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Jenny Discombe

Jenny Discombe, Conservator, Manchester Museum
Natural Science Collections Association Conference Evolving Ideas: provocative new ways of working with collections


This two day conference hosted in the soon to be reopened Cambridge University Museum of Zoology, examined new ideas for storage, display, data-basing as well as the conservation of Natural History collections, with over a hundred delegates and both talks and poster displays the UK’s museums were well represented and it proved a great opportunity to hear and discuss current thinking and projects shaping the Natural Sciences.

Talks which stood out for myself included Jack Ashby from the Grant Museum, “Museums as experimental test beds”, which included information about the use of 3d printing methods in conservation practice, an example being their Quagga, one of only seven in existence and the only one on display, which had received a replacement 3d printed leg, time will tell how this ages, but he argues that being experimental means being able to fail, since that is part of experimentation.

There a couple of very interesting talks from both The Natural History Museum and Plymouth Museums describing new non-destructive micro sampling techniques  in order to extract DNA from specimens

The American Museum of Natural History have been carrying out extensive research into the re- dying of their taxidermy collections, I’ve been following this on their  project Blog “In their true Colors” they briefly talked about the project but didn’t present their final findings here, that will be presented at  the ICOM conference to be held in Copenhagen later in the year, but they did show and talk about methods and materials used while conserving the taxidermy specimens in the collection, including the remodelling of noses, adhesives used for the reattachment of fur and materials for replacement whiskers etc.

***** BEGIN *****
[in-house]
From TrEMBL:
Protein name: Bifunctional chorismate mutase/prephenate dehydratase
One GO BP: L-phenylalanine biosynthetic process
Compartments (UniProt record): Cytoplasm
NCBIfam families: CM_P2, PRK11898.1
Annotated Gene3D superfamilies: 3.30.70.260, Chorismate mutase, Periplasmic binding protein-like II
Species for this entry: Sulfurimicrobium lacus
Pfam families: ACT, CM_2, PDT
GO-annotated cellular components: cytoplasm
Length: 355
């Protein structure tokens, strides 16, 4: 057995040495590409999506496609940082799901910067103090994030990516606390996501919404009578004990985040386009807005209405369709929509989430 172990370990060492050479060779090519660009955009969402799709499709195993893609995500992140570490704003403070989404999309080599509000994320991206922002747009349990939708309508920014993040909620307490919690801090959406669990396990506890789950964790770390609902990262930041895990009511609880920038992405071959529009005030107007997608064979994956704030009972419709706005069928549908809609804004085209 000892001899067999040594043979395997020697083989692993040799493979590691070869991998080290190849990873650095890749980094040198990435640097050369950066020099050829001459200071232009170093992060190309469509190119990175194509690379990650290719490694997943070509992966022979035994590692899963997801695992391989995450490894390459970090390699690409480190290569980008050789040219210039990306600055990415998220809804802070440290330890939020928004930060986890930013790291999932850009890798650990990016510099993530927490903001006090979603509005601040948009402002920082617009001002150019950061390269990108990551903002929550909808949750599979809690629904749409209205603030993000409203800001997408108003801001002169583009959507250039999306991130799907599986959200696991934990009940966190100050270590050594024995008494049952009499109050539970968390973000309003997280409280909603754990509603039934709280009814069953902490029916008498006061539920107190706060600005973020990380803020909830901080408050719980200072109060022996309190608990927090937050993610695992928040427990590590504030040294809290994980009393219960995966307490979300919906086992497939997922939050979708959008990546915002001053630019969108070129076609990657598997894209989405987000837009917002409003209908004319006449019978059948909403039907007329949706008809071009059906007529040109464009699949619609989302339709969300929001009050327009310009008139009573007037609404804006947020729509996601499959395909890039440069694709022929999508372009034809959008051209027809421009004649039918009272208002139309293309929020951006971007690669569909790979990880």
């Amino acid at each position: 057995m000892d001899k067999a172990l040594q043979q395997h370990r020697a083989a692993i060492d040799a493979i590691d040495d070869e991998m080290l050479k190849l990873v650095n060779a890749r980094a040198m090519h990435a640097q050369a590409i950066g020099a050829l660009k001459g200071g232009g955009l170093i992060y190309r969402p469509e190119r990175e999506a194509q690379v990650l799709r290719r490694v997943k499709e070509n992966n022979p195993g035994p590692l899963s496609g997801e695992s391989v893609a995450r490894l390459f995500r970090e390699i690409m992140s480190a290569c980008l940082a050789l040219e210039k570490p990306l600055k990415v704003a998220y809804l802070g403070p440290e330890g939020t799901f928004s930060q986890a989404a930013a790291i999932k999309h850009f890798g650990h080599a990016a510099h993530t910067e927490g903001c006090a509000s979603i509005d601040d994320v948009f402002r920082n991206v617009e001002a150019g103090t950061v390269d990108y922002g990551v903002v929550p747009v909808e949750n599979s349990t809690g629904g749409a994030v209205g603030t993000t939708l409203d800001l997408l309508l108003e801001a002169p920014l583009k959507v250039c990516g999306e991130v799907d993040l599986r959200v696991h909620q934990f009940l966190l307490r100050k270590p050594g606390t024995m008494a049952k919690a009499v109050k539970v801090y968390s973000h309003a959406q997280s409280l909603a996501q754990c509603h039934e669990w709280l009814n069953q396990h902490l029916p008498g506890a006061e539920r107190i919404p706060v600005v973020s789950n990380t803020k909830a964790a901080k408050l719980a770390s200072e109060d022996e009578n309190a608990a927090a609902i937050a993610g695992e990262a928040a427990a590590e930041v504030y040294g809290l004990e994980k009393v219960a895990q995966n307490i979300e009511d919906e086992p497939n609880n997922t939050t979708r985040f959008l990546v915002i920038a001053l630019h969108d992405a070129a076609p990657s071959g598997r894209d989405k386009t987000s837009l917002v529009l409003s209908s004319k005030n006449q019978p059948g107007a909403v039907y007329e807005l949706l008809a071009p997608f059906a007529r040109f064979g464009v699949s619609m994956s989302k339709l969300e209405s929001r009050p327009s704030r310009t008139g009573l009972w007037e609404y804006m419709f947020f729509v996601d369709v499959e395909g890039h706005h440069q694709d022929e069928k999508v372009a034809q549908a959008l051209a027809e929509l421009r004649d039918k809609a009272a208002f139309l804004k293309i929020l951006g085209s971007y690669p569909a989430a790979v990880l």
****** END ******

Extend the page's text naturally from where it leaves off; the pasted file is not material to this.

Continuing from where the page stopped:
There were useful poster displays including Charlotte Rigby from the Horniman “Creating replacement fur using Japanese Tissue coloured with dry pigments”  which will come in extremely useful and others including air free environments.

Away from Conservation related talks, others included probably the most controversial talk or definitely the one which included the most debate, was that by Bolton Museums, the talk covered their recent display of Natural History specimens in the Library area of the shared building. Specimens were dressed as children’s storybook characters, including a wolf dressed up from the Little Red Riding hood story. Some people were horrified at the idea of dressing up taxidermy, and removing the nature of the specimen, but Bolton discovered that this was a hugely popular exhibition with the public who engaged with the specimens that they hadn’t really visited before.

Another talk which is extremely relevant was that given by Matt Lowe from Cambridge Zoology Museum ‘ Moving Experience’ about their current redevelopment, and the amount of objects which needed to be packed , the methods, training of volunteers and materials required. I think the most important phrase to take away from the talk and probably overall is to celebrate the successes as there will be plenty of stressful times during the whole redevelopment!

Store tours and tours of the new gallery spaces currently being built and installed rounded up a fun and informative conference.